Gaza to revert back to Egyptian Control


By Jon_i_Cohen
March 2, 2011
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As the uprisings continue throughout the Arab Middle East, more and more pundits are of the view that Gaza should revet to Egyptian control.

Foreign media continue to try to resuscitate ideas that have been rejected for years. The widely respected Christian Science Monitor on Tuesday published an opinion article by Dashiell Shapiro, described by the newspaper as a “tax lawyer who has worked in the Middle East, who suggested that the uprising in Egypt gives the country an opportunity to take over Gaza.

Egypt ruled Gaza until the Six-Day War in 1967 and has consistently refused to take any responsibility for the crowded and terror-ridden region.

Nevertheless, he reasoned that Gaza Arabs are culturally closer to Egyptian Arabs than those in Judea and Samaria. Admitting that “the idea of returning Gaza to Egyptian control has always been rejected out of hand, mainly by Egypt itself,” he argued that a post-Mubarak regime will feel less threatened by Hamas, especially if the Muslim Brotherhood is part of the new regime.

Further details here:-
http://www.israelnationalnews.com/News/News.aspx/142624

COMMENTS

mattpryor

Wed, 03/02/2011 - 12:20

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2 points

I've got a bad feeling about this...


Joe Millis

Wed, 03/02/2011 - 12:29

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-2 points

Ain't gonna happen. St Albans is more likely to revert to Roman control than Gaza coming under Egyptian occupation or Jordan becoming a Palestinian state (or its residents be bribed to move elsewhere). It's pure fantasy.


mattpryor

Wed, 03/02/2011 - 13:07

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2 points

The expert has spoken! Joe Millis says it ain't gonna happen, so there will be no more discussion on the subject!


Joe Millis

Wed, 03/02/2011 - 13:18

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0 points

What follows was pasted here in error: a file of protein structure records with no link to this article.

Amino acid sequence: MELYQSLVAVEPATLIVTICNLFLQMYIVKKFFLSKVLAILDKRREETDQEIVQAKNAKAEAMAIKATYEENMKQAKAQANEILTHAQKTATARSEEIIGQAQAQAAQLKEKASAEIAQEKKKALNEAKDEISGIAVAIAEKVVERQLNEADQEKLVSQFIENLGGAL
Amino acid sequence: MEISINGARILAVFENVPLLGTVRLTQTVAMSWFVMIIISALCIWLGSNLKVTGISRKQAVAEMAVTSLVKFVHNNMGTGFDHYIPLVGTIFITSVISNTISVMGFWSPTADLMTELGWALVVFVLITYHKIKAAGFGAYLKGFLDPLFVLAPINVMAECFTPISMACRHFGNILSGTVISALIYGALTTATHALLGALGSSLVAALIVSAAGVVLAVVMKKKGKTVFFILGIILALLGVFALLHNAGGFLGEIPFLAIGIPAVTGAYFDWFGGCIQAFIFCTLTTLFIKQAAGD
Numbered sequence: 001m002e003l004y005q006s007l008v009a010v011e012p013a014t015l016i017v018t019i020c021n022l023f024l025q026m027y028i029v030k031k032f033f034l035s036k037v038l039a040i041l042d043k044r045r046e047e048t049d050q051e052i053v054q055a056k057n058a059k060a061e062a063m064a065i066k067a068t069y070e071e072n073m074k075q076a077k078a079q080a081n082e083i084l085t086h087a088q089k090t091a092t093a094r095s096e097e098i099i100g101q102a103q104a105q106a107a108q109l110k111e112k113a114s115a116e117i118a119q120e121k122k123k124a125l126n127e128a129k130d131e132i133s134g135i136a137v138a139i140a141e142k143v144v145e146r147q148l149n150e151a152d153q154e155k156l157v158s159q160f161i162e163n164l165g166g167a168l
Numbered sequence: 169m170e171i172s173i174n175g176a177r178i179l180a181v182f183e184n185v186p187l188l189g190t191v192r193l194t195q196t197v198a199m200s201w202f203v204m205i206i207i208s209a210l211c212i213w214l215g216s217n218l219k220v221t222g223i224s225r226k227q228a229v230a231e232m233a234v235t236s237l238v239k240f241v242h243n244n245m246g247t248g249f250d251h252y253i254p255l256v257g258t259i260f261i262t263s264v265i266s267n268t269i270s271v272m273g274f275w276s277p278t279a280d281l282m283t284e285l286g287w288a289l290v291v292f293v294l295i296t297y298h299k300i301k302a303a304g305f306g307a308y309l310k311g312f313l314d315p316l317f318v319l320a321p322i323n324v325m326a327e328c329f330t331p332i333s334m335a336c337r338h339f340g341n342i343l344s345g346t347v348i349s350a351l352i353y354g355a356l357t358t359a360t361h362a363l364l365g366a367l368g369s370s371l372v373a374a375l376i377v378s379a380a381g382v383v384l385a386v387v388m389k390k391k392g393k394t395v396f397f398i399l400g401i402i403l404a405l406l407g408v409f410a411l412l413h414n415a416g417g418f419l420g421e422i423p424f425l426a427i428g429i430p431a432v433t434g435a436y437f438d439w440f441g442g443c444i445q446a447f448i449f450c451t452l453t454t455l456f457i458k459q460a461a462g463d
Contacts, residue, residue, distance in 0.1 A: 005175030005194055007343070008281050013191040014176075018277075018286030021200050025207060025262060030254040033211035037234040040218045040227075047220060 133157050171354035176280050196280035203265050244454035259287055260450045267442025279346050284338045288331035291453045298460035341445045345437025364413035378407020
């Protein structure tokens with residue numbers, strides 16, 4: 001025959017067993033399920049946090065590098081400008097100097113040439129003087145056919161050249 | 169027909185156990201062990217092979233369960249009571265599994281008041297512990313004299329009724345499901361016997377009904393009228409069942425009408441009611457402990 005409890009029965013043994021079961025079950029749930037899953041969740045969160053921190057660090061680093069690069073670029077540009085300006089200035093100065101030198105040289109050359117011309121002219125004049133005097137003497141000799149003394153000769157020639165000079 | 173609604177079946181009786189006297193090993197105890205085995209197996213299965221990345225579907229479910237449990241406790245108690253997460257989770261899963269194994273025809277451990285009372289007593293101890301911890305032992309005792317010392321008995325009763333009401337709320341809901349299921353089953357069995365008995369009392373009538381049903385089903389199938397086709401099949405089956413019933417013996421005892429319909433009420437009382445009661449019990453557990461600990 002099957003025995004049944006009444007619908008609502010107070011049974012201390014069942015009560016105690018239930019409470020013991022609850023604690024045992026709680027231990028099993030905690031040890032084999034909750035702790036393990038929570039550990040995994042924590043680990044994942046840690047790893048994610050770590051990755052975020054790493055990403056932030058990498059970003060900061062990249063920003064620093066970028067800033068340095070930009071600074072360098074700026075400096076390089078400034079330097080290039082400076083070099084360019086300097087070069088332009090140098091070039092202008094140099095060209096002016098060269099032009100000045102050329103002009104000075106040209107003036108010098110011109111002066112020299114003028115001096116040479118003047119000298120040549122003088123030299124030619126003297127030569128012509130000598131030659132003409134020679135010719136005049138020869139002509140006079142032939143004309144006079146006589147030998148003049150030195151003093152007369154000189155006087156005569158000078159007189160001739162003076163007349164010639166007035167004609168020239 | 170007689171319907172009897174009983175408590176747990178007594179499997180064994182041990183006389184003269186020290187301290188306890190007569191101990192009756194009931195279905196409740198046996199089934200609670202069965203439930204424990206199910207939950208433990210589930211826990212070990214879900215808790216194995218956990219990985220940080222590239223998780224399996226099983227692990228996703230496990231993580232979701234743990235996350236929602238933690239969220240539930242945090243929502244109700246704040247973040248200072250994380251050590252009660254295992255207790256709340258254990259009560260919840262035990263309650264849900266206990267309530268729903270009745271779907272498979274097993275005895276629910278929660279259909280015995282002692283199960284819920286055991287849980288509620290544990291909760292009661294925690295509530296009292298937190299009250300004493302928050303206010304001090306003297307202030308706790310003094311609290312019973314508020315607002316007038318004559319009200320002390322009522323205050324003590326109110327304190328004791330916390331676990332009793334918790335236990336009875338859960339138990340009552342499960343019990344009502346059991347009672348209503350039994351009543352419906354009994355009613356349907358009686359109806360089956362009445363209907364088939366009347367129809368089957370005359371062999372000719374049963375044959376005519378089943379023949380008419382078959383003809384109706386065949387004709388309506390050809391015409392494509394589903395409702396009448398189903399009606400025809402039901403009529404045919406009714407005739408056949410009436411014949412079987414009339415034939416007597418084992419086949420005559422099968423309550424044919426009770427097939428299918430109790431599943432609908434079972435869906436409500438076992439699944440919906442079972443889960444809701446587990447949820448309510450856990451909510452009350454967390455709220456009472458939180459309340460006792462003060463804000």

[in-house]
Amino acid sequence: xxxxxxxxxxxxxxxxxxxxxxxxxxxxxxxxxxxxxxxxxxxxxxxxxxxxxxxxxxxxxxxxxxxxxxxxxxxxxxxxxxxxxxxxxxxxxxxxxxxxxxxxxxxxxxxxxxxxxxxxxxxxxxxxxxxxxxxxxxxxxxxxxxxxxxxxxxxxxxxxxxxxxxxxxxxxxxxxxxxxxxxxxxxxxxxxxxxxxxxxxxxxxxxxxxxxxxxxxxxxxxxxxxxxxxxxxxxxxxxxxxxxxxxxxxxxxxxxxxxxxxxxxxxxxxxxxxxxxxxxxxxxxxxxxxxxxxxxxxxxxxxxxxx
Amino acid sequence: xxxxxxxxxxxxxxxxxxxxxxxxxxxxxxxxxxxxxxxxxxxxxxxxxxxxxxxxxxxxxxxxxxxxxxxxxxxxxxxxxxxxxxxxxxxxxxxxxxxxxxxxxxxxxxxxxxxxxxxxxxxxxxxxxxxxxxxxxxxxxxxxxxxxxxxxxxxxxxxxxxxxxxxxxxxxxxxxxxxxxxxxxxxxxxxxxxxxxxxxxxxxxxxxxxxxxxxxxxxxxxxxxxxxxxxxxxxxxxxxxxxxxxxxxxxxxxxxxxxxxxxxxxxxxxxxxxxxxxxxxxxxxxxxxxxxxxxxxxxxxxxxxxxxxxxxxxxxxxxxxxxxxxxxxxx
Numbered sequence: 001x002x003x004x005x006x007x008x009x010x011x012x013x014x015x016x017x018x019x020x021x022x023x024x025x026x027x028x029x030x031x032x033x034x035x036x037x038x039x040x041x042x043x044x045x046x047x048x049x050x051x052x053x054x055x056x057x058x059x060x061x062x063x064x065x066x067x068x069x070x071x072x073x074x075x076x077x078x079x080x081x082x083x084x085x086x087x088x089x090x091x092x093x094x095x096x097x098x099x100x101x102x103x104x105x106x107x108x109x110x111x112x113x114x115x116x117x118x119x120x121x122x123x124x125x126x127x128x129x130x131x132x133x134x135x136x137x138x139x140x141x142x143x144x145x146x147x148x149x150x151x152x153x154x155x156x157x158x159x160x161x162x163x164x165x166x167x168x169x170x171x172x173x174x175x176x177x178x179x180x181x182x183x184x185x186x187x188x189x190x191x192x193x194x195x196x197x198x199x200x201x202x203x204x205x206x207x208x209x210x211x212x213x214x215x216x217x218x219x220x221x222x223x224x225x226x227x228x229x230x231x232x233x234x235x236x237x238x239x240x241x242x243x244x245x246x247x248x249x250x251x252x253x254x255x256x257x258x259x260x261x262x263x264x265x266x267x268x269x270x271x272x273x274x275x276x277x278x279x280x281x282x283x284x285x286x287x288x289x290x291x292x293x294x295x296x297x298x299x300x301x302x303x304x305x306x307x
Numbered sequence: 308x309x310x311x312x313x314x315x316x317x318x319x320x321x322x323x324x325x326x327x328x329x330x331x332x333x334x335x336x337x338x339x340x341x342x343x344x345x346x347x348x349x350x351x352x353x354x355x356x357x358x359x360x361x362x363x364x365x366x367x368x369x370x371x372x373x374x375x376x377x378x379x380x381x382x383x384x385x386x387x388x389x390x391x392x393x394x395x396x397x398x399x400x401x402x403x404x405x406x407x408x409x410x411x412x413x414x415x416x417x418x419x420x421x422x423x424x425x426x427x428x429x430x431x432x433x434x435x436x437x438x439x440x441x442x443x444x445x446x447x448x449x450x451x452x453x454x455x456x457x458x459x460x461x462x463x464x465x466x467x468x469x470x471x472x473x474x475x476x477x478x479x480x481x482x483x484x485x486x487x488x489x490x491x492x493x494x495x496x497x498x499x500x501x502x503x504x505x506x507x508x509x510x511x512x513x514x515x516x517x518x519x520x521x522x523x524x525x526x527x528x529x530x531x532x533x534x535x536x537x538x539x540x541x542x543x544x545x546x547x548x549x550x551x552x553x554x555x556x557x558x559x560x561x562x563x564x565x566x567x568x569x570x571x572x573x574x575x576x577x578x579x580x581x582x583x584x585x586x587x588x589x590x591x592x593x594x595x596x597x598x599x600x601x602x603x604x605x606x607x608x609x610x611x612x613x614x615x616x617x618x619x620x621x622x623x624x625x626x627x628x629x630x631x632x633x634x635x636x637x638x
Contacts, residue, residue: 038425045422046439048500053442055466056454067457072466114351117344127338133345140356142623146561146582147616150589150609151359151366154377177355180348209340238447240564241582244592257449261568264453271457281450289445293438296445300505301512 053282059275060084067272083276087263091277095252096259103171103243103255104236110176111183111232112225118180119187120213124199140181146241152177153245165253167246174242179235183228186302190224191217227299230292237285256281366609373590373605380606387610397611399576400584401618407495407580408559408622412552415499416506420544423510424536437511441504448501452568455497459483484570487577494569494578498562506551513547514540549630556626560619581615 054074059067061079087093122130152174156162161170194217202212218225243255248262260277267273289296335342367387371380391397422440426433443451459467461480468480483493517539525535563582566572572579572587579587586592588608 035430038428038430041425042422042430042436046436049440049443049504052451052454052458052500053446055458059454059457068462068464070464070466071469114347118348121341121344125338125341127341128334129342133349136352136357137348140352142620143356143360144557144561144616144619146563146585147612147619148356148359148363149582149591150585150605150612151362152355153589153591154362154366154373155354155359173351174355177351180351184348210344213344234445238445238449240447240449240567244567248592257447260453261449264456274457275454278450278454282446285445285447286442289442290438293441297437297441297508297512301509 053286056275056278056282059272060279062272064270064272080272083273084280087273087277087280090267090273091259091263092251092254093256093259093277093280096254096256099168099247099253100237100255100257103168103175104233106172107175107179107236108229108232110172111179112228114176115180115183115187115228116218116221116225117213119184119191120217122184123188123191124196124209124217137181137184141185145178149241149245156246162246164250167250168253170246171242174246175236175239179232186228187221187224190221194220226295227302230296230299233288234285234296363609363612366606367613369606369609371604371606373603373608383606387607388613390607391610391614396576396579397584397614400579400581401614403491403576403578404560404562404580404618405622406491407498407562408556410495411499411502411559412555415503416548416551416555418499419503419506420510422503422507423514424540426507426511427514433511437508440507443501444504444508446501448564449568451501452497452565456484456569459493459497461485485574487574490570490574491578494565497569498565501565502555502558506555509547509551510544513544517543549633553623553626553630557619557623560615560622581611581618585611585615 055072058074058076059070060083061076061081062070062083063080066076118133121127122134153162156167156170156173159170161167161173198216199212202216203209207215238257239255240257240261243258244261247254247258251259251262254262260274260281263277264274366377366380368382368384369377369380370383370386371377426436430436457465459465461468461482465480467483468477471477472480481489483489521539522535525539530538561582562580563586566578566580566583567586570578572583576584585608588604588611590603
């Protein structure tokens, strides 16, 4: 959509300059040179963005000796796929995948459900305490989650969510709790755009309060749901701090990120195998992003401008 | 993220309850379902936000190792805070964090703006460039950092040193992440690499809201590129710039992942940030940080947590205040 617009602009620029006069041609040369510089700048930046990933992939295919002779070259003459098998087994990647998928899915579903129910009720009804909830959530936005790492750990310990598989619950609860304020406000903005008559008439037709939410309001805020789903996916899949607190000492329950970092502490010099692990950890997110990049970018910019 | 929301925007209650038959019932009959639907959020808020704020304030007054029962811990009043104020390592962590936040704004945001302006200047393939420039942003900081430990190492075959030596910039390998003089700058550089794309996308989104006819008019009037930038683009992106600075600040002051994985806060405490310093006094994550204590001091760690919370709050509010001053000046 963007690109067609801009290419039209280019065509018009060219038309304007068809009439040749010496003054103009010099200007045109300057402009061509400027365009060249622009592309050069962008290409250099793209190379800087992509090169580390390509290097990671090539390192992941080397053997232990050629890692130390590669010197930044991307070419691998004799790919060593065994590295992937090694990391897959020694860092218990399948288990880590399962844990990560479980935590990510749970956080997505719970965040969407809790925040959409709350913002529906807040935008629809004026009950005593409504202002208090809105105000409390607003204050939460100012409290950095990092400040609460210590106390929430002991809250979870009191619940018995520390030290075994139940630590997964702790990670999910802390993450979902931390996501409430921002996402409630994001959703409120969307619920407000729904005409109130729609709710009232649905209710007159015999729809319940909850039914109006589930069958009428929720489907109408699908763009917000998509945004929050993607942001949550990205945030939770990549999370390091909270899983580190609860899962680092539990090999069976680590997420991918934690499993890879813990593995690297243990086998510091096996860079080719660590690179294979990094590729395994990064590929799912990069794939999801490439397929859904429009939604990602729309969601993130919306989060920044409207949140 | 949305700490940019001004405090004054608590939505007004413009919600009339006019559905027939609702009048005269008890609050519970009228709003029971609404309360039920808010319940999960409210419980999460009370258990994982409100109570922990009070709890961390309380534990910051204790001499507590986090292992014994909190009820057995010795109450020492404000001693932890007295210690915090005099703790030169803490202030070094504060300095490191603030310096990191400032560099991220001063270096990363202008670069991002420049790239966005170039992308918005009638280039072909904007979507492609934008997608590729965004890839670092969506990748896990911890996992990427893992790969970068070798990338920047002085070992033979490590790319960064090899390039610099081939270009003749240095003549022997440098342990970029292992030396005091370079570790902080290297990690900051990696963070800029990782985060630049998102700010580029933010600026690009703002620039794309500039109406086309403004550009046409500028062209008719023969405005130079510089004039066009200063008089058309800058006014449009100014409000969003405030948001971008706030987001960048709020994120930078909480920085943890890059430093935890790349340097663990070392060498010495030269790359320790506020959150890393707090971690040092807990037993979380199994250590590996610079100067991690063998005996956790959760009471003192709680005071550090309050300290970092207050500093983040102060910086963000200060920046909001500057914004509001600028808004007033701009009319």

Mine was merely an opinion, Pryor. But if you want to take it as Gospel, be my guest. But check the facts, apart from some wishful thinking from some far right fringe Israelis (Israel National News is the settlers' news service that even attacks Israel's current Netanyahu-Lieberman government), no one buys Gaza for Egypt and Jordan is Palestine. Apart from anything else, this will just perpetuate the conflict, which is something I am sure you don't want. After all, if Jordan is Palestine, what do you do with the 3.5 million Palestinians on the West Bank (90 per cent of the WB's population), especially since they won't be bribed to cross the river?


mattpryor

Wed, 03/02/2011 - 13:46

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2 points

It's hardly wishful thinking. A pro-Iranian Muslim Brotherhood controlled Egyptian regime with UN legitimacy, allied to Hamas, in direct control of the Gaza Strip? Sounds like a nightmare to me.

Wishful thinking is to think that Egypt will become a peaceful liberal democracy which seeks good relations with its neighbours, including Israel. That's what I'm hoping for, but I haven't found many reasons for optimism.

And you really should try to avoid labelling people / organisations as "far right" because their views do not correspond to your own. I also think that religious Zionists are being treated abysmally by the Israeli government, which is in turn trying to please the "international community".


Joe Millis

Wed, 03/02/2011 - 14:12

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-1 points

The settlers are the far right fringe just as surely as the SWP is the far left fringe. Sorry, but that's the case. The religious Zionists are not treated abysmally by the Israeli government. If anything, they are treated with kid gloves. If the settlers who rioted had been Arabs, the police wouldn't have confined themselves to paint guns or plastic bullets. The problem is that the settlers have been allowed to get away with trouble-making for far too long because they have been protected by successive Israeli governments. Had the government - any Israeli government - dealt with them when they broke the law, then yesterday's scenes might have been prevented. They have always been above the law. And in a democracy, no group should be above the law.
Now for wishful thinking. Some in Israel of a particular political bent do hope that Egypt is having a 1979 moment rather than a 1989 one, because that will give those people a good excuse to avoid making decisions.
Eventually, however, a decision will have to be made. And Jordan is Palestine or Gaza is Egypt will only perpetuate the conflict, since the West Bank Palestinians and the Gazan Palestinians will still be justified in getting self-determination, either with this new, Palestinian Jordan or within the areas where they are a majority.
If you want Israel to continue to be the homeland of the Jewish people, surely you must recognise that without self-determination and independence for the Palestinians, there is no self-determination and independence for the Jews.


Jon_i_Cohen

Wed, 03/02/2011 - 14:54

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5 points

The perpetuation of the conflict as Joe puts it is caused by the continual left-wing nonsense that there should be another Arab State created in the region, they have enough already, 55 Moslem controlled States in the world, one, only one Jewish State.